Mentally Disabled in Tax Clawback

October 27, 2017

There has been plenty of heat during question period in the House of Commons this week since a press conference held in Ottawa on October 22, 2017 with Kim Hanson, Director of Federal Affairs for Diabetes Canada and Conservative Finance Critic MP Pierre Poilievre. In May 2017, the Canada Revenue Agency (CRA) stopped approving the Disability Tax Credit for people living with Type 1 diabetes (also known as juvenile diabetes). Thousands of claimants across the country are being affected by new interpretation of the legislation allegedly due to the assumption that individuals no longer spend 14 hours or more a week managing their insulin treatment.

The National Post and ipolitics broke the news today that other vulnerable Canadians, those living with mental impairments such as bipolar disorder, schizophrenia and autism, are also being denied the tax credit. Some of these individuals had been receiving the tax credit for more than 20 years. However, when asked to reapply, their applications were denied. When they appealed the decision by filing an Objection with the Appeals Division, the response was the same.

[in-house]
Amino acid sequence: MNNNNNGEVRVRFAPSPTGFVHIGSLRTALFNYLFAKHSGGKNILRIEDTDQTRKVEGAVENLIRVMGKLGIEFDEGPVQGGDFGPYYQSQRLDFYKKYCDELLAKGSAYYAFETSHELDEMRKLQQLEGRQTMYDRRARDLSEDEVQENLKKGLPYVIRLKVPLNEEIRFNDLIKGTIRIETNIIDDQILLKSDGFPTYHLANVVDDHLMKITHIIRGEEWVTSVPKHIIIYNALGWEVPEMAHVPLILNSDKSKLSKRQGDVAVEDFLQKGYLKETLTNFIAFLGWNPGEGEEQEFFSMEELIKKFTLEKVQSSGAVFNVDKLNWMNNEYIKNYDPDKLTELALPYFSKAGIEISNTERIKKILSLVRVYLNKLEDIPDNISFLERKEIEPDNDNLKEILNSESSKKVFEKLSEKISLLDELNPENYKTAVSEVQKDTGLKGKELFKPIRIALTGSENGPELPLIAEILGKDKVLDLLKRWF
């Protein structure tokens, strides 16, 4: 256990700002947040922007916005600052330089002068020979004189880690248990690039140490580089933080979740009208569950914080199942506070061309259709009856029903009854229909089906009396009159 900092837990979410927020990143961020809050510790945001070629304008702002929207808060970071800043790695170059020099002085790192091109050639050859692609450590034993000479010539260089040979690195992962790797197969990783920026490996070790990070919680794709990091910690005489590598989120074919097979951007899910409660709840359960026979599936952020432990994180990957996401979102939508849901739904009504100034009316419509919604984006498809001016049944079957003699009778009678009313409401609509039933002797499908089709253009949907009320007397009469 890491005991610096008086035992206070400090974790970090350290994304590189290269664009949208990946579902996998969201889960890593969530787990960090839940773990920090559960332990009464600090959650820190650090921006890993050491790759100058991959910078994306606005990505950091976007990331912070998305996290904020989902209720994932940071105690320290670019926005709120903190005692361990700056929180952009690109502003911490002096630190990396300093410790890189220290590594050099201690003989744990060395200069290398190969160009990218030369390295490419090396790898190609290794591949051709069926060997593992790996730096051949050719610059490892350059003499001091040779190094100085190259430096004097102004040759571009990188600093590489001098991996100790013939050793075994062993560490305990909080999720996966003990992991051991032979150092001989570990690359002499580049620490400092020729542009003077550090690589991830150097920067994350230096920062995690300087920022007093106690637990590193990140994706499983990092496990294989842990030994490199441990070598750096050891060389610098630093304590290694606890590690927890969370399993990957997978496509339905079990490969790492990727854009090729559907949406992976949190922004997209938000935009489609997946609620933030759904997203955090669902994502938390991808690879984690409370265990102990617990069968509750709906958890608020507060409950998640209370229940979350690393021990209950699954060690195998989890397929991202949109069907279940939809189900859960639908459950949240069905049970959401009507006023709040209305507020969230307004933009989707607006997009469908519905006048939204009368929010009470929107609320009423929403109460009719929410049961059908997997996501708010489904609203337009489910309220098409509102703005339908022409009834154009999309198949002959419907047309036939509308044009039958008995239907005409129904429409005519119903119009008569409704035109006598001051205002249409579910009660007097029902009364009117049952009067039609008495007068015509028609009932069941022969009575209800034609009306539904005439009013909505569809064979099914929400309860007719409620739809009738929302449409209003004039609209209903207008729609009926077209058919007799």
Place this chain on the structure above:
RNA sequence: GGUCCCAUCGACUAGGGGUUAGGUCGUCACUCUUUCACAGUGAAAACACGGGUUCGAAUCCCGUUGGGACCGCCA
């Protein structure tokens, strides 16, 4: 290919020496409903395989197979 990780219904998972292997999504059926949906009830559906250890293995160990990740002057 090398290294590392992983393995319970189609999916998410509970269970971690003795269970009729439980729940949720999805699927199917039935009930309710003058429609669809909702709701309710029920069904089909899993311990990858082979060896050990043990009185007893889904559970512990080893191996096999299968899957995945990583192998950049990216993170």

The tax grab is unconscionable. People living with severe and persistent mental illness as well as intellectual challenges are among the most vulnerable members of our society. And now we learn that CRA staff can overrule the doctor’s certification of eligibility.

In an email dated September 8, 2017, Lynne Gaucher, manager of the Disability Program Section provided the following explanation: “The CRA has the duty to administer and enforce the Income Tax Act, and consequently has the authority to question the medical evidence provided by a medical practitioner.”

Is CRA making the assumption that Canadians with disabilities are tax cheats in collusion with their doctors who are submitting fraudulent forms on their behalf?

As it is, CRA goes to great lengths to deprive people with disabilities the benefits they are entitled to by disregarding its own policies and practices that help ensure a fair assessment of the DTC application, violating the Taxpayer Bill of Rights by denying the DTC on questionable grounds and withholding the necessary documents needed to file an objection because they know that the majority of people cannot afford to consult a lawyer.

The Disability Tax Fairness Alliance, a coaltion of stakeholders including health charities and medical professionals, is calling on the government to reinstate the Disability Advisory Committee to create a productive dialogue between  the special needs community and the Canada Revenue Agency to address serious problems with the administration of the Disability Tax Credit.

You can join us by contacting your Member of Parliament and letting him or her know that discrimination against people with physical and mental impairtments by our government does not reflect Canadian values and principles and must be stopped.